In no time Bhutto had made a tremendous impact all around. As Minister for Fuel and Power, he had diverse explorers tapping into Pakistan’s underground hidden energy resources. For the first time Russians were involved in oil and gas exploration. His time as Minister for Science and Technology was well spent. He could measure the advancements made by India in the atomic field. He gave a proper sense of direction to the Pakistan Atomic Energy Commission, set it on the mission to have a sound infrastructure and to educate and train a whole army of nuclear scientists and engineers. It was he who had convinced Ayub to seek enriched uranium course for acquiring nuclear wherewithal. From his death cell he wrote to his "dearest daughter" Benazir Bhutto, "There is personal bitterness no doubt [against Zia regime] but the impersonal hurt predominates over my personal feelings. These [ruling] individuals have taken Pakistan back to 1947. In the process they have robbed the nation of the high ideals and spirit of fraternity the people shared and demonstrated in 1947". He reflects further in the letter: "It is worst than saying we are back to square one or that we are right back to where we started from. Nations do not fall back to square one, nations progress or they deteriorate explosively or decompose silently". Bhutto had believed that the country's sound defense was dependent on a solid industrial base. Pakistan owes not only its nuclear arsenal - now inching towards a fold up - to Bhutto but to him goes the credit of establishing Pakistan Steel Mills, aeronautical and heavy machine tool complexes, shipyard, Karachi Nuclear Power Plant and its automobile industry. His daughter Benazir Bhutto picked up from where her father had left and the combined efforts of the two made Pakistan cover a long way in becoming self-sufficient in missile technology and arms manufacturing including exports. For Pakistan Bhutto was the harbinger of colossal changes. He harnessed socio-economic forces for challenging the status quo, unshackling the masses and their empowerment. His sense of direction not only gave him the strength but also a popular support to consolidate the edifice of the state on an egalitarian program seeking for his people roti, kapra and makkan. Besides, he awakened the masses, making them realized they were the legitimate fountainhead of political power. He deeply cherished democracy and viewed military rule as a negation of the very genesis of the country that came into being as a result of a democratic process and a vote. Zulfikar Ali Bhutto had the courage of his conviction to decide to lay down his life rather than compromise or seek appeasement. The last chapter of his life is a glorious example of martyrdom for the cause of resurrection of democracy. At the time of his over throw, Bhutto was emerging as a spokesman of the World of Islam and the leader of the Third World. The age of Bhutto was an Age of Revolution. Although his life and career were cruelly terminated, Zulfikar Ali Bhutto will forever shine in history as one of the Great leaders who took part in the liberation of the Third World from the yoke of Imperialism and Neo Colonialism during the Twentieth Century. Zulfikar Ali Bhutto used to say that, "courage is in our blood, we are the children of a rich heritage. We shall succeed in our dream of an Islamic association since destiny demands it, political reality justifies it, posterity awaits it".
He laid the foundation for his dream fortress of Islam in Lahore's Islamic Summit in 1974. The rest is then a chapter of blood in history--the blood shed of the Quaid and of his young followers. He was hanged by his own general who once said that the amount of attention Pakistan army received from Prime Minister Bhutto had "no parallel in the history of Pakistan army prior to 1971."
Bhutto pushed politics out of the posh drawing rooms into real Pakistan-into the muddy lanes and villages of the poor. ZAB was a principled friend to the poor, downtrodden and oppressed. He was fearless in his beliefs and refused to bow before any man or power other than the Almighty. ZAB’S contributions to an impregnable Pakistan are seen in the Kamra Aeronautical factory, Heavy Mechanical Complex at Taxila, modernisation of Karachi Shipyard, creation of precision engineering works, Pakistan Steel Mills, Port Qasim, Pakistan Automobile Corporation to name a few. By signing the Simla Accord of 1972 he negotiated longest peace between India and Pakistan. His social reforms laid the foundation of an egalitarian society, his non-aligned foreign policy earned Pakistan respect in the comity of nations. He lifted the nation drowning in a sea of despair to Himalayan heights.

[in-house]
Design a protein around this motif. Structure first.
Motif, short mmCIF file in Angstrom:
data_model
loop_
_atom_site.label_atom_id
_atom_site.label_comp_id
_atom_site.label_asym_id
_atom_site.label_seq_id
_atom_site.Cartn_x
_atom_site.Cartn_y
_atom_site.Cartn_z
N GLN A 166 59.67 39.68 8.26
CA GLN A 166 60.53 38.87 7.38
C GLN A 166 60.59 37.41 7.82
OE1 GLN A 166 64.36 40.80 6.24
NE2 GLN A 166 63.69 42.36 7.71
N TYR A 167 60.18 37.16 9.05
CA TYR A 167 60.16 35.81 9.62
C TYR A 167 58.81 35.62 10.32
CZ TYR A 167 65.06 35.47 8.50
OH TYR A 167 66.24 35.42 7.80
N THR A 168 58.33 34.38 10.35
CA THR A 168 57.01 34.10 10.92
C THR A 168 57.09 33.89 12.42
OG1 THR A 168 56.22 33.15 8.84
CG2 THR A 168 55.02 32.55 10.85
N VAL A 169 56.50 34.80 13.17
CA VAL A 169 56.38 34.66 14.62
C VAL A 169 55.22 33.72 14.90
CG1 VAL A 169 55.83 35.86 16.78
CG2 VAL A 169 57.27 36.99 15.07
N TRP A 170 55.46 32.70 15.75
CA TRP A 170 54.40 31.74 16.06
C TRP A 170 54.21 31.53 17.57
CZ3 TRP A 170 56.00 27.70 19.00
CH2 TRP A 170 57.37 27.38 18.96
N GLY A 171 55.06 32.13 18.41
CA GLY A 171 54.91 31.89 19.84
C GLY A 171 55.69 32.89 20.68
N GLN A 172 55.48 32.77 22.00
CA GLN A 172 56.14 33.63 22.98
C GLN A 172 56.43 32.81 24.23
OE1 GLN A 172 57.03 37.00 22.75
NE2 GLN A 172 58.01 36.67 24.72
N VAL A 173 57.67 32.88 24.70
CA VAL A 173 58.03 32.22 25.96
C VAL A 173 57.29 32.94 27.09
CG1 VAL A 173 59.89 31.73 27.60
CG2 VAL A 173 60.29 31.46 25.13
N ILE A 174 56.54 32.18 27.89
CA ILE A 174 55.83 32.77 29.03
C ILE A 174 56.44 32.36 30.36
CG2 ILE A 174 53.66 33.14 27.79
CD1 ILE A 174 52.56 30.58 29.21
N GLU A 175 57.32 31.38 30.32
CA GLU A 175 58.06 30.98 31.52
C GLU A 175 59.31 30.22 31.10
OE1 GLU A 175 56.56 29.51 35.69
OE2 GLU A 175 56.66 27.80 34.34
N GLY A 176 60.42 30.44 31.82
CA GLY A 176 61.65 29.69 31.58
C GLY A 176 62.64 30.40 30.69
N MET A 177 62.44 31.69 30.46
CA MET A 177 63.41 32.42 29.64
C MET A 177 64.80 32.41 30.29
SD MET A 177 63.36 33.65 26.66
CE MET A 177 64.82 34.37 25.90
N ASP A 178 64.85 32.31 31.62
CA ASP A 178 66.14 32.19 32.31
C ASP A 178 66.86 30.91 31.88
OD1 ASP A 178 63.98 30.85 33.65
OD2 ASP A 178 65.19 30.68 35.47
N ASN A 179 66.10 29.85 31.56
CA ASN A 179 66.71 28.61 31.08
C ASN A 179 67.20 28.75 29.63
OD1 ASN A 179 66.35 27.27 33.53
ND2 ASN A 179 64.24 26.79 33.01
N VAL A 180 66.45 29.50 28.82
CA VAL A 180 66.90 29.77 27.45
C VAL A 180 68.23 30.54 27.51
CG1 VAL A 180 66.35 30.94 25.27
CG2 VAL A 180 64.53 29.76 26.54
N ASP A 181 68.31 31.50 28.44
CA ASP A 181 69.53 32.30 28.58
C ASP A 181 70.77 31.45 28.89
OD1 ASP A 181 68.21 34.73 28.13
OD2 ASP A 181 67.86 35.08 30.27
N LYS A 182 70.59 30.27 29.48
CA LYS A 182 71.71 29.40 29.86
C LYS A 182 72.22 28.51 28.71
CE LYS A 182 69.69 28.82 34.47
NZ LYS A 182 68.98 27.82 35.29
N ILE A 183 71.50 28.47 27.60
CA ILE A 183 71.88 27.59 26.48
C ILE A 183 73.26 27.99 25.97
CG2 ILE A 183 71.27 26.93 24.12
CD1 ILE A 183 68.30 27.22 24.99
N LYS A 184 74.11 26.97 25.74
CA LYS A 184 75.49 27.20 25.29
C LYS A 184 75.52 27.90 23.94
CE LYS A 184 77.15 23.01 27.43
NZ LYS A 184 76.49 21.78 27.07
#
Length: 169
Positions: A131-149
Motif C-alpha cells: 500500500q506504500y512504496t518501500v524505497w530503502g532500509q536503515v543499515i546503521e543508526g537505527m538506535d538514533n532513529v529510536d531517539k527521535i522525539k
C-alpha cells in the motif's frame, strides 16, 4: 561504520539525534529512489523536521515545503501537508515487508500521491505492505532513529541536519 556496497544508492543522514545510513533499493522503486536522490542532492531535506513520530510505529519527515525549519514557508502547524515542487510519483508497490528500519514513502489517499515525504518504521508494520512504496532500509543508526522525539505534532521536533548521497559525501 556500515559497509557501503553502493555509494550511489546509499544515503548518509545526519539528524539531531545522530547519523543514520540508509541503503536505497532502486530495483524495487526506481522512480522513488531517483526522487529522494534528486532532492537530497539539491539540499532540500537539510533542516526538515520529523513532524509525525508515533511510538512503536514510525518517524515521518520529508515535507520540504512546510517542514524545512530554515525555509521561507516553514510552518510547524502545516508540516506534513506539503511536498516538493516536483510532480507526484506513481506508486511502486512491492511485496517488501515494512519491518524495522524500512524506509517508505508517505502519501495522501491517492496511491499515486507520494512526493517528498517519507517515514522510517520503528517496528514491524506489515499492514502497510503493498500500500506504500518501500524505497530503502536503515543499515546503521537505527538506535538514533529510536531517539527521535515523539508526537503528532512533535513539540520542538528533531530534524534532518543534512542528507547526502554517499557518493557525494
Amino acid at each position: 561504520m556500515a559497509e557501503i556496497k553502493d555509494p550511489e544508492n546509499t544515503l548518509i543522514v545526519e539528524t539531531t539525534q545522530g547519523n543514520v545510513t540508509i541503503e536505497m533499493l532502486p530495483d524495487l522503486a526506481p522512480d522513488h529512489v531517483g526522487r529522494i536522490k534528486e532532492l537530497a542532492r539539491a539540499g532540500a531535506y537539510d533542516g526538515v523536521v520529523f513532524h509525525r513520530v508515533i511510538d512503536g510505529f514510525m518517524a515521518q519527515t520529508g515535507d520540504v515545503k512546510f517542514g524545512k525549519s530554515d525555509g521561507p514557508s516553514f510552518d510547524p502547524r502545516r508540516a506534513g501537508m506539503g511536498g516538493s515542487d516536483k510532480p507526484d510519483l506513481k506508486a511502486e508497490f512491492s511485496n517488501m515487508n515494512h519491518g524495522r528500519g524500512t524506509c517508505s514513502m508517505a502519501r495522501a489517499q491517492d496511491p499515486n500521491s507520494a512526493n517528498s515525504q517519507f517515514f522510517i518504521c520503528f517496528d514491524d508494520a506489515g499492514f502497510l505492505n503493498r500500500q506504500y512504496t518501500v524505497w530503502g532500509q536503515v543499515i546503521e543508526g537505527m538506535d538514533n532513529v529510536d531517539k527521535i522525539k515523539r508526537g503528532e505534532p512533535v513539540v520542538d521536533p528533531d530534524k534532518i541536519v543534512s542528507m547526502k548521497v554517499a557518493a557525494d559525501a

Bhutto's inspiring leadership filled Pakistanis with hope, energy and strength. There was a sense of purpose and direction in the country in pursuit of peace and prosperity. The economic growth rate increased and money poured in from expatriates who got the universal right to passport. The Muslim countries donated roughly $500 million annually to Pakistan, freeing it of international financial institutions. The people got jobs and opportunities. Women of the country were emancipated entering the police force, Foreign, Civil Service and subordinate judiciary for the first time in the country's history. He was a modernizer and saw nationalism as the key to unity. He rejected fanaticism. He gave pride to the poor. As leader of the Third World he spoke boldly against racism, colonialism and imperialism. He fearlessly defended the right of nations to independence. He was true to his values. When the time came he sacrificed his life but refused to compromise on his lofty ideals. He was fond of saying; "It is better to live like a lion for one day than to live like a jackal for a thousand." He lived with the courage of a lion, defying death in embracing martyrdom. He said he would show "how a leader of the people lives and dies," and he did. The world pleaded for his life wanting to save a man whose intellect and contribution to peace and progress was vital to the world community. But a frightened dictator, ignoring the unanimous call of the Supreme Court of Pakistan to spare the Quaid's life, ordered the execution in the middle of the night. He was true to his values. Prime Minister Bhutto went bravely to the gallows as the world learnt in shock that it had lost its most beloved son. There was widespread national and international condemnation. Bhutto left his world to enter the pantheon of history where he stands today with other towering personalities who shaped the course of history. His martyrdom sparked freedom movements in many countries as people gathered in capitals across the world to condemn his murder. As a student of history, he knew that eternal life remains in sacrificing oneself for a cause that is larger than an individual. And the noblest of all causes is the cause of the liberation of humanity from tyranny and oppression.. Z A BHUTTO was indeed a great leader, a leader we must salute today. Education was nationalized and made available to every child. Scores of Universities were built to turn the children of the discriminated and downtrodden into lawyers, doctors and engineers liberating them from a destiny of backwardness. Quaid-i-Awam was born in 1928. He was martyred in 1979. Yet he lives in the hearts and minds of the people still shining like a star that brightens the sky motivating those caught in the prisons of oppression. He was the one who converted that static and decayed dictatorial polity into a vibrant and dynamic democratic society; the cost of which he paid with his own life. He who gave his blood, and the blood of his sons and daughter, Shaheed Mohtarma Benazir Bhutto, knew that there can be no sacrifice greater than the sacrifice for the people whose respect, honor and dignity is the respect and dignity of the Nation. Quaid e Awam made the people proud of themselves and of their Nation. The 20th century has seen many great leaders, Zulfikar Ali Bhutto is one of them. Due to his glorious achievements, Mr. Bhutto rules the hearts of the Pakistani people from his grave. He was not only the leader of Pakistan, he was the leader of an Islamic world, the leader of Third World. He will forever be remembered by his countrymen as Quaid-e-Awam. ZAB's detractors have distorted history and tampered with the written word. They killed Plato's philosopher-king and filled the space with charlatans. But he has written his own history in blood and the legend has been nourished by the tears and the sweat of those who work in the fields and the factories. Bhutto belonged to the sweat and sorrow of this soil. His soul has mingled with the soul of the multitudes who cry out in their sorrow and in their pain, ZAB gave the people of Pakistan the foundation on which to build an inspired dream palace of their national thoughts. Today, we have surrendered ourselves to the momentum of mediocrity. In Plato's words, "what is honored in a country will be cultivated there." But we are not a nation given to honoring our heroes. Today, let us rise above narrow considerations and interests and acknowledge a man who was a brilliant beacon on the highway of history. As his followers say, "Zinda Hai Bhutto, Zinda Hai"--Bhutto lives, he lives. Indeed he does, in the hearts of all those who dream of a better tomorrow. Long Live Bhuttoism….